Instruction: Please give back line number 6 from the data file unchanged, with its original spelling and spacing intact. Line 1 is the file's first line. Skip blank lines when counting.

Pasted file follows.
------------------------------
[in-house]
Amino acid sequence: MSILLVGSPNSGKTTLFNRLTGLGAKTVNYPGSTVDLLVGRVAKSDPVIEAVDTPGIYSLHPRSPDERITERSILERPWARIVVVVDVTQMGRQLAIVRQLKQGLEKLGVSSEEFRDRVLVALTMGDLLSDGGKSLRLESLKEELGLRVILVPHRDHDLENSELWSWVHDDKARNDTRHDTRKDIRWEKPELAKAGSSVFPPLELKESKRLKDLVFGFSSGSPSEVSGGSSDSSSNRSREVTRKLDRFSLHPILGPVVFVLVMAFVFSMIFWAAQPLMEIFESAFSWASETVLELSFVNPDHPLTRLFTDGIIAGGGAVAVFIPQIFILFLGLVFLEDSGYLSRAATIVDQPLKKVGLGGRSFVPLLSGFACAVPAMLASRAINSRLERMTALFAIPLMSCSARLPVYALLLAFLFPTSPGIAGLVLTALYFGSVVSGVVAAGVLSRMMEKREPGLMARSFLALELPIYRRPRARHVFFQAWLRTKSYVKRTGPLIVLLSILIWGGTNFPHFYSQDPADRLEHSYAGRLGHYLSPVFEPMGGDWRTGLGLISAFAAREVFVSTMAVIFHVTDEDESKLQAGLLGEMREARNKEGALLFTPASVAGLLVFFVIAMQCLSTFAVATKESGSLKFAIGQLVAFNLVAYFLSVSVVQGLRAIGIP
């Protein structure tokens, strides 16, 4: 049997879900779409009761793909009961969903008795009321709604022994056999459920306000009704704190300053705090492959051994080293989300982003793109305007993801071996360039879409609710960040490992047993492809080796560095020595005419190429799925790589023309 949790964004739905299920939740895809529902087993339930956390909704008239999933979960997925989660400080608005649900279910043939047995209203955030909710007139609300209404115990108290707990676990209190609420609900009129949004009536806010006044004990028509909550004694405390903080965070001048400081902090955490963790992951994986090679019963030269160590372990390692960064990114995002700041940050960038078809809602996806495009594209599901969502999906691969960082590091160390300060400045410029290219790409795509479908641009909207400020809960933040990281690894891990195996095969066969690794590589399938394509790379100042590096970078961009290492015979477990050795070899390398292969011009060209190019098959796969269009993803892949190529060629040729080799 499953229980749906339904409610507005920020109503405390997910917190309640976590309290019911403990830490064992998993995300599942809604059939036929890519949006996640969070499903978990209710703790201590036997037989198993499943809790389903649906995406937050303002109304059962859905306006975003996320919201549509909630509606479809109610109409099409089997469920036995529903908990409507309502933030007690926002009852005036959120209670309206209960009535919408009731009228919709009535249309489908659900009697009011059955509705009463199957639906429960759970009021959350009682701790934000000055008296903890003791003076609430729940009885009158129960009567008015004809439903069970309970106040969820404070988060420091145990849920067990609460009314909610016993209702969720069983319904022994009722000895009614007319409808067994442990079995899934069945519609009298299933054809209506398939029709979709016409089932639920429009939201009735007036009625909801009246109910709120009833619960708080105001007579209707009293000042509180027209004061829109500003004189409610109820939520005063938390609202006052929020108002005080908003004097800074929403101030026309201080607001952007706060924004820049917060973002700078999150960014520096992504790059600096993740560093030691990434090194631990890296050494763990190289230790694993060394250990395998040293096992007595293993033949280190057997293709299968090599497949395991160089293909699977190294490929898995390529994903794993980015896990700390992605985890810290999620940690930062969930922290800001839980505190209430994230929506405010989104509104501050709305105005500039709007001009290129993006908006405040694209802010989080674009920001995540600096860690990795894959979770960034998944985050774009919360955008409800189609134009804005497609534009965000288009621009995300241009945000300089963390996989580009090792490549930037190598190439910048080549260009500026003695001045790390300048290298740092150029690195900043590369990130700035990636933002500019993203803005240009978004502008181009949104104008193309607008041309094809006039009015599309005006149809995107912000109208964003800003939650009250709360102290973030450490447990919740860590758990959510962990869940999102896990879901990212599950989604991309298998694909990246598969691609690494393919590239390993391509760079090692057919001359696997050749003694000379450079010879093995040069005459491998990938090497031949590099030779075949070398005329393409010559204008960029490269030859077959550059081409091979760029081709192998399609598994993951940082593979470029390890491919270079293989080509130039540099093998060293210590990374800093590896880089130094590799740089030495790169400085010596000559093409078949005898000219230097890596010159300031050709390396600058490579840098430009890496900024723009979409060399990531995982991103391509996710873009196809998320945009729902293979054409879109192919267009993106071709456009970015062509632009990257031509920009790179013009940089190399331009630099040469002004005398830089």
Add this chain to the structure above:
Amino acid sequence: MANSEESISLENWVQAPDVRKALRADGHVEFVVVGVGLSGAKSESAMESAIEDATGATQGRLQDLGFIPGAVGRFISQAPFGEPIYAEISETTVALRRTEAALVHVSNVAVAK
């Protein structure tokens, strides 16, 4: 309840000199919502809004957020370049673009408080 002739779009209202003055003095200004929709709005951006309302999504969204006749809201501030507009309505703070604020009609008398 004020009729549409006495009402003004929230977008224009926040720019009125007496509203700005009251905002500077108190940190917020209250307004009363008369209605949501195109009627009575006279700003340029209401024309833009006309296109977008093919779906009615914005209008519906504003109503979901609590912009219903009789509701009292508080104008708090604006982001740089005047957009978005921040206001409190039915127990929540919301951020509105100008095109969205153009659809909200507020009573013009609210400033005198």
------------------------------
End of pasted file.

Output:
């Protein structure tokens, strides 16, 4: 309840000199919502809004957020370049673009408080 002739779009209202003055003095200004929709709005951006309302999504969204006749809201501030507009309505703070604020009609008398 004020009729549409006495009402003004929230977008224009926040720019009125007496509203700005009251905002500077108190940190917020209250307004009363008369209605949501195109009627009575006279700003340029209401024309833009006309296109977008093919779906009615914005209008519906504003109503979901609590912009219903009789509701009292508080104008708090604006982001740089005047957009978005921040206001409190039915127990929540919301951020509105100008095109969205153009659809909200507020009573013009609210400033005198």